Philadelphia, Nov. 1816. the United States. He was a man Died, at his Botanical Garden, of sterling value. As a politician called Upsal, two and a half miles greatly respected, he was still from this city, Mr. BERNARD more valued and beloved as a man. M.Mahon, well known throughHis literary acquirements were of out the continent and among the the first order; and there are few botanists of the old world. Mr. men of the present age whose M.Mahon came to this city, from writings and conversation possess Ireland, about twenty years since, ed more of that Attic salt which and from his previous experience distinguished the Popes and Addi and industry, and great enthusiasm sons of the last century. His death in the profession to which he was is deeply regretted, no less by his bred, he has rendered very emiimmediate connexions, than by ment services to the United States, a large circle of friends and ac (more, indeed, than all who had quaintances.
preceded him,) by applying the
principles of agricultural science Died, at Lempster, N. Hamp to the varieties of the climates of shire, on the 17th December, this continent; pointing out the 1816, Mr. JOSHUA Booth, aged errors which had retarded imabout 55. His death was occasion- | provement, he contributed to the ed by the bite of a cat about six comforts, and the most delightful weeks previous. The cat attacked of human recreations, planting the him when in bed, and wounded nim shrub, and nursing the buds into in his face; he drove her from him, bloom, and tendril into vigour. His and she immediately left the book of Gardening is a precious house-and, on her route, attack treasure, and ought to occupy a ed a number of persons, some of place in every house in this counwhom she wounded, and was at try; its principles are eternal, and
its instruction fruitful of advan at the advanced age of 100 years tage. His theory of planting, has and 3 months-her remains were removed the difficulties heretofore removed to Newbury, her native deemed insurmountable in the place, and interred with her abproduction of Quickset hedges, cestors, at the bridge lane burying from the WHITE THORN; he urged, place. The deceased was greatthat he learned it from nature, grand-child to Mary Brown, the who scattering stone fruit on the first white child born in the ancient surface of the earth opens the stone town of Newbury. Her living deby the frost, and the earth to re scendants are two children, 6 grandceive the kernal by the thaw-fol- children, 15 great-grand-children, lowing this observation, he laid and 30 great-great-grand-children. his white thorn seed, or the dried She lived a widow upwards of 66 haw on the smooth surface of the years, and enjoyed her mental fa. ground upon which he proposed to culties to the last-and her health plant, preparing the soil only to was continued to her to such a desuit the operations of nature. It gree that she was able to walk was his desire, while living, to be about the room till within a few useful; and it is in conformity with days of her death, when at length his usual mode of thinking, that worn out by age, she resigned her we think fit to notice, at the same protracted life to the hands of Him time that we notice his demise, who gave it, and “was gathered in his practice in an invaluable branch to her fathers like a shock of com of knowledge, which many nay full, ripe.” see on this occasion, who have not before heard of it.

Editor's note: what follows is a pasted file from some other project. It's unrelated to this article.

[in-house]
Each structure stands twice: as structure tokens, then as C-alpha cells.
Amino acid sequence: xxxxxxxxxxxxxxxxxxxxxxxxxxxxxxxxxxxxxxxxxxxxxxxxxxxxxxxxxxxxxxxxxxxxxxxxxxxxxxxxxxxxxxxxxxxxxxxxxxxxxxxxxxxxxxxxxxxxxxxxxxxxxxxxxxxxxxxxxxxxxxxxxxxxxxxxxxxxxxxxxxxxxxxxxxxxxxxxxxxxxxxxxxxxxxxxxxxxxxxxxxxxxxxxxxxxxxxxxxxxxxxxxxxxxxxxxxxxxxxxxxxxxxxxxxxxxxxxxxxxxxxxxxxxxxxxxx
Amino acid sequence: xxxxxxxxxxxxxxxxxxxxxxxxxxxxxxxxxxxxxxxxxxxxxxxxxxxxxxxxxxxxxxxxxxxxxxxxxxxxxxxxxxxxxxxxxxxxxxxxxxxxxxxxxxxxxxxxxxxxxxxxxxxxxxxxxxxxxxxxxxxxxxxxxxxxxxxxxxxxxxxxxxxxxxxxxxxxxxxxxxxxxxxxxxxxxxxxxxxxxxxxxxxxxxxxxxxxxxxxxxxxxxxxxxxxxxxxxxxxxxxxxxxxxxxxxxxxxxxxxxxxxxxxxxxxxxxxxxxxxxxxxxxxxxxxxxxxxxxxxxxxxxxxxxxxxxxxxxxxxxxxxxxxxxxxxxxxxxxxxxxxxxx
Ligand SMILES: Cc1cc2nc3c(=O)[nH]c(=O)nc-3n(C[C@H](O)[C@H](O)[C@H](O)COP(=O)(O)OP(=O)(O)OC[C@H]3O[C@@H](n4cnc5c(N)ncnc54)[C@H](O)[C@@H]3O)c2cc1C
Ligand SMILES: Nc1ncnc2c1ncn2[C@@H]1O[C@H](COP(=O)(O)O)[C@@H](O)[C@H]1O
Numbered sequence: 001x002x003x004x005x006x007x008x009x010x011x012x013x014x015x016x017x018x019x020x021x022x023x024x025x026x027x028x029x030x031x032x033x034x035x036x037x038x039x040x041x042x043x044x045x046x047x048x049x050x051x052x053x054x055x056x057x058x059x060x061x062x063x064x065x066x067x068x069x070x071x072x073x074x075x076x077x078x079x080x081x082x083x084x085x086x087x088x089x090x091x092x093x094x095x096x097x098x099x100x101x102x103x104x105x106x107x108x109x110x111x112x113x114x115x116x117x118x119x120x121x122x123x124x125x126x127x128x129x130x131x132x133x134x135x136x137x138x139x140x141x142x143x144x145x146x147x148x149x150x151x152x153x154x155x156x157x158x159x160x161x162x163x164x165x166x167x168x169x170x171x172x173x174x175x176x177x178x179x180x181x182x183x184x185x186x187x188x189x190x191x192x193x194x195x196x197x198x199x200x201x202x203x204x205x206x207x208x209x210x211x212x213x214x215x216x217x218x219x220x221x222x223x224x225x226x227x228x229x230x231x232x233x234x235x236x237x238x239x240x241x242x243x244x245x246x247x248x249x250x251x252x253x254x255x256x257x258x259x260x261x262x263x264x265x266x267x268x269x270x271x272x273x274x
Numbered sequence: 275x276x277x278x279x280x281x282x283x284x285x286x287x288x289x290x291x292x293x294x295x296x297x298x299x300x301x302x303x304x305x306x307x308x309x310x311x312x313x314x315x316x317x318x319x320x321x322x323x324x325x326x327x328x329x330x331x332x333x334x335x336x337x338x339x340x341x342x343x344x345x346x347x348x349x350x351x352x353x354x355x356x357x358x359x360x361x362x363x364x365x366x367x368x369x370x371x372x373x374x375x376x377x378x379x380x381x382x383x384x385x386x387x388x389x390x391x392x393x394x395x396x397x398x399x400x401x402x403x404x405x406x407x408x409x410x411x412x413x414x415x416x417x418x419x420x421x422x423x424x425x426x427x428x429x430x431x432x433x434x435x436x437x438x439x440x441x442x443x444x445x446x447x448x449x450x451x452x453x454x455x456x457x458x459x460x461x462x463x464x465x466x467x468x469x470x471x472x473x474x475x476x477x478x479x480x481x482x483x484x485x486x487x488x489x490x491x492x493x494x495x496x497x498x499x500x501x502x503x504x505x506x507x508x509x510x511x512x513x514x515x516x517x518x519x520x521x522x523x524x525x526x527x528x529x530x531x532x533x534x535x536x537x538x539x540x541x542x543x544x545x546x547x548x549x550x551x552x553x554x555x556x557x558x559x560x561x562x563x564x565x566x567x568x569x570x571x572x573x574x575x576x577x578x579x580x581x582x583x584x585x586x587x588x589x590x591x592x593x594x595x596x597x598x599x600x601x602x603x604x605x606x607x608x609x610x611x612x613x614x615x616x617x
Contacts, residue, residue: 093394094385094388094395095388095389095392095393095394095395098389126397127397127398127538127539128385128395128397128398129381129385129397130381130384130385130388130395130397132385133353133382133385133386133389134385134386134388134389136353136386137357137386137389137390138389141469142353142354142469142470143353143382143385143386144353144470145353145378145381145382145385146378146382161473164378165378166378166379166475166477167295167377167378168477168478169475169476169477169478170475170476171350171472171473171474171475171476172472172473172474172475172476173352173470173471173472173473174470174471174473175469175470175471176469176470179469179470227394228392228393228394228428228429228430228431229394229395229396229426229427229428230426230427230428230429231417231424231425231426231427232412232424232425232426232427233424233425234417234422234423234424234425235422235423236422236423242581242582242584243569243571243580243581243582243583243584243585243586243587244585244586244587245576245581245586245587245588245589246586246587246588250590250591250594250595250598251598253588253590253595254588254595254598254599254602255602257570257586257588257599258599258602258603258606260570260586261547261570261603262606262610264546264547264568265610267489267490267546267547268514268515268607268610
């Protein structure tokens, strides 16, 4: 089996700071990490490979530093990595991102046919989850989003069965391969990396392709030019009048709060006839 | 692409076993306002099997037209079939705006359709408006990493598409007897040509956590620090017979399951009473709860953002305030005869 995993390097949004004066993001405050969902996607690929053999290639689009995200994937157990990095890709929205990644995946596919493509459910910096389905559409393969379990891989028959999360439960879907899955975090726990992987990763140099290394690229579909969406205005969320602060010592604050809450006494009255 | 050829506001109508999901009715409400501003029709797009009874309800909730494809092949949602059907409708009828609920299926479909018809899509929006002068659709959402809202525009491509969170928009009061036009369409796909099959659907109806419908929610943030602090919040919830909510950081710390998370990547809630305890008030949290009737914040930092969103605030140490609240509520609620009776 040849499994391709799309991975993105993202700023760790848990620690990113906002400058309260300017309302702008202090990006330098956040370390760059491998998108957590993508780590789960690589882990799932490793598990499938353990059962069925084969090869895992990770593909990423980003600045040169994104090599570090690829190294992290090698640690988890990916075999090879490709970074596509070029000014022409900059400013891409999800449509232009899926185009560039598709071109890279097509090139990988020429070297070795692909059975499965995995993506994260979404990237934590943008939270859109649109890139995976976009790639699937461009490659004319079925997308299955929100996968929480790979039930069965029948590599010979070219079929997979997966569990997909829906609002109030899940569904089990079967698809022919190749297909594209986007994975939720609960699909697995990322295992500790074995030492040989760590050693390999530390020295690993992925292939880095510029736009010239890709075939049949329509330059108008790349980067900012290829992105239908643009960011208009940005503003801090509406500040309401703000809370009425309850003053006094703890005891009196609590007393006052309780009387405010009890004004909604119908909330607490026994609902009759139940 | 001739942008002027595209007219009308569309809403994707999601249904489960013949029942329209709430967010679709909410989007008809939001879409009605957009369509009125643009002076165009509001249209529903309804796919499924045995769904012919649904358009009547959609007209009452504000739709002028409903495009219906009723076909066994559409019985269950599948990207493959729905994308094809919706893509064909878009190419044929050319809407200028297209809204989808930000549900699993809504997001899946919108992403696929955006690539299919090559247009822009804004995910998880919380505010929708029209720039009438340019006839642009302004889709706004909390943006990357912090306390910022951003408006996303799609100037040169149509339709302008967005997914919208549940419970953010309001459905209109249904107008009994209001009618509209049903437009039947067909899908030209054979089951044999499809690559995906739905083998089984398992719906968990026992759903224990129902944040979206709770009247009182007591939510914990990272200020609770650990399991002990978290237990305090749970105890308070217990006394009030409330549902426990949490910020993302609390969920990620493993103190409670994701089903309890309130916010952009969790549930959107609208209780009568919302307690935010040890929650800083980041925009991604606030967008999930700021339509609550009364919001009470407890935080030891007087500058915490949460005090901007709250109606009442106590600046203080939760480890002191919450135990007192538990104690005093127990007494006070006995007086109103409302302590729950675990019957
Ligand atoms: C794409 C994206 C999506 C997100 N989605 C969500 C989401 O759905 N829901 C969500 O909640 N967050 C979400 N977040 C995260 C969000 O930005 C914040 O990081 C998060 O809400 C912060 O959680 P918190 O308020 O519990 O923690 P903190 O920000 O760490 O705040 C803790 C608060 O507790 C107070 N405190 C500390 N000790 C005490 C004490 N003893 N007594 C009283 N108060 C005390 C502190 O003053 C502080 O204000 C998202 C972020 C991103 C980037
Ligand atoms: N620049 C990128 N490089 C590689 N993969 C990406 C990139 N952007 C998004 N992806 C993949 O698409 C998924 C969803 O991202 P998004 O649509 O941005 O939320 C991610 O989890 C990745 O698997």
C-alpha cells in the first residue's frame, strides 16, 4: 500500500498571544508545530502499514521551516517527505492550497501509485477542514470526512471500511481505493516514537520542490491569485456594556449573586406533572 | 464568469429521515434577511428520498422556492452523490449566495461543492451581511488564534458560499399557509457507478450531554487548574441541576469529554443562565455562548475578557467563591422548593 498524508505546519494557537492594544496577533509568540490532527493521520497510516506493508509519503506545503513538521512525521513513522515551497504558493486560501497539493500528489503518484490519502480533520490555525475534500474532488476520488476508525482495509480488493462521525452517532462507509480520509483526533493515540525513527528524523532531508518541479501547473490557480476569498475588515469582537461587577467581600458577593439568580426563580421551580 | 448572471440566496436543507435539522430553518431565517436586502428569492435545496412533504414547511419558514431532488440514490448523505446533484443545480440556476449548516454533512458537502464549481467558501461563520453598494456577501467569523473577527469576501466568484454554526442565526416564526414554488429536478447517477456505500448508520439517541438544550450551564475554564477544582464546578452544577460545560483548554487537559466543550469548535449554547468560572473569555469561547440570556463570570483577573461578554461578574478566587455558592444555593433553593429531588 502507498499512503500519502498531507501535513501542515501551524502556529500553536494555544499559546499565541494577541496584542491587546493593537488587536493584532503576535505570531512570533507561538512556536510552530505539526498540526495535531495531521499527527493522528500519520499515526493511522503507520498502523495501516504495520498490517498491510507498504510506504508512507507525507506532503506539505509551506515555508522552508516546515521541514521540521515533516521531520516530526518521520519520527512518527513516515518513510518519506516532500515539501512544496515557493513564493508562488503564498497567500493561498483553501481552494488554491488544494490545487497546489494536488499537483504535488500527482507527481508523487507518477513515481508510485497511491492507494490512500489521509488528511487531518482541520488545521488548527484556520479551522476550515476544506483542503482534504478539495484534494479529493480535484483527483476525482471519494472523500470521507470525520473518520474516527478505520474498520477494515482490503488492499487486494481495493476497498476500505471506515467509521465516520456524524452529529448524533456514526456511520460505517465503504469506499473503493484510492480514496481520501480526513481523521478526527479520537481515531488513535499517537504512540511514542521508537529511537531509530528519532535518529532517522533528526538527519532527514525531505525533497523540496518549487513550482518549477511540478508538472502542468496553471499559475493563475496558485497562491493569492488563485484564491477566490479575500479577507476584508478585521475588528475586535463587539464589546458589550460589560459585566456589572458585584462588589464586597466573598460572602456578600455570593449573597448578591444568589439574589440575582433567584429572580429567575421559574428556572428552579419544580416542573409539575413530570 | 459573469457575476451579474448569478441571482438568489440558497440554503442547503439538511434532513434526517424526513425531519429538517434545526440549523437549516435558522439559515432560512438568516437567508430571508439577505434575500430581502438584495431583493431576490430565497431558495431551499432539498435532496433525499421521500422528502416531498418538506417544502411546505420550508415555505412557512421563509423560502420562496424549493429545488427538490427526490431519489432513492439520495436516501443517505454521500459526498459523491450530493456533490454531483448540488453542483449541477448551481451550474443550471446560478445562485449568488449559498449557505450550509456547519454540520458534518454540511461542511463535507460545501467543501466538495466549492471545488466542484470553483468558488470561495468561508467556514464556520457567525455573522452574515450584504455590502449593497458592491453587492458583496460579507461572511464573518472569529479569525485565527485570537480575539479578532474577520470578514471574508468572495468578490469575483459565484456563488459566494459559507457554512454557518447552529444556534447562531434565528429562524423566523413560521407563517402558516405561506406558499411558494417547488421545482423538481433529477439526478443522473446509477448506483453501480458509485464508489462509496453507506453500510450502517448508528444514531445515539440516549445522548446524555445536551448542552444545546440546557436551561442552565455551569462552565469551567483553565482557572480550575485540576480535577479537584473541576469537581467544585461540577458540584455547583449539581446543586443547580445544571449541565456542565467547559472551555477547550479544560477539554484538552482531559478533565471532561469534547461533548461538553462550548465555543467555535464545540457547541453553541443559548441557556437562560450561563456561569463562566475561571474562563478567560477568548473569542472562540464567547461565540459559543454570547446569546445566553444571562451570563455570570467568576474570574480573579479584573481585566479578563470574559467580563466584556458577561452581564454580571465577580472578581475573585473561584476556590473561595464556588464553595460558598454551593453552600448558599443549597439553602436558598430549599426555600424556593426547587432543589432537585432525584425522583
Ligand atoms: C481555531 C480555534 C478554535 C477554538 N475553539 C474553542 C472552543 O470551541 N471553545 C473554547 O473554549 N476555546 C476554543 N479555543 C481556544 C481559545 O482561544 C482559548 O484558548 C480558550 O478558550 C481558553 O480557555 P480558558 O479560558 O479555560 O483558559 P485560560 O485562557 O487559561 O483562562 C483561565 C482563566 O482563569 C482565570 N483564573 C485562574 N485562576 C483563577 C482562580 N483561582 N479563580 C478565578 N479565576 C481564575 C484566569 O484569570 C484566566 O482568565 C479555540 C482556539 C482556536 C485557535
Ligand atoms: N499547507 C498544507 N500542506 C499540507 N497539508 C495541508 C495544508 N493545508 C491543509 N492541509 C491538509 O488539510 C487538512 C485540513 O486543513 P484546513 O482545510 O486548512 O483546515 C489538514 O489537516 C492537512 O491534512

Died, at the Creek Agency, on
the 6th June, 1816, Colonel BesDied, on the 31st Nov. 1816, at JAMIN HAWKINS, Agent for the Kennet, (10 miles from the bo- Indian affairs. He was one of those rough of Wilmington, Delaware,) revolutionary patriots who had CHRISTIANA Webb, in the 94th spent in the service of his coulyear of her age. She was the last try, to which no man was more of the 17 children, of Daniel and devoted, nearly his whole life. At Jane Hoopes. Her father and an advanced age, and with a congrand father came from England, stitution greatly exhausted, he with William Penn, in the year continued to discharge with undi1682.
minished zeal the important and Of those 17 children, eleven perplexing duties of agent, as well averaged upwards of 80 years. The as commissioner for marking the aggregate ages of the whole was limits prescribed to the Creek na1036 years. Remarkable as these tion by the late treaty. With a circumstances are, they are, per- / philanthropy worthy of all praise, haps, not more than that through he had relinquished the enjoy. out this long period all of themments of polished society, in had their dwellings, died and lie which he shone conspicuously, interred within twenty miles of the with the sanguine hope of civilast residence and burial place of lizing our savage neighbours. This their said ancestors.
was a favourite object, which for
years engrossed almost exclusiveDied, in Salem, N. H. Decem- ly his attention. Partial was his ber, 1816, Widow Sarah MORSE, success in effecting this purpose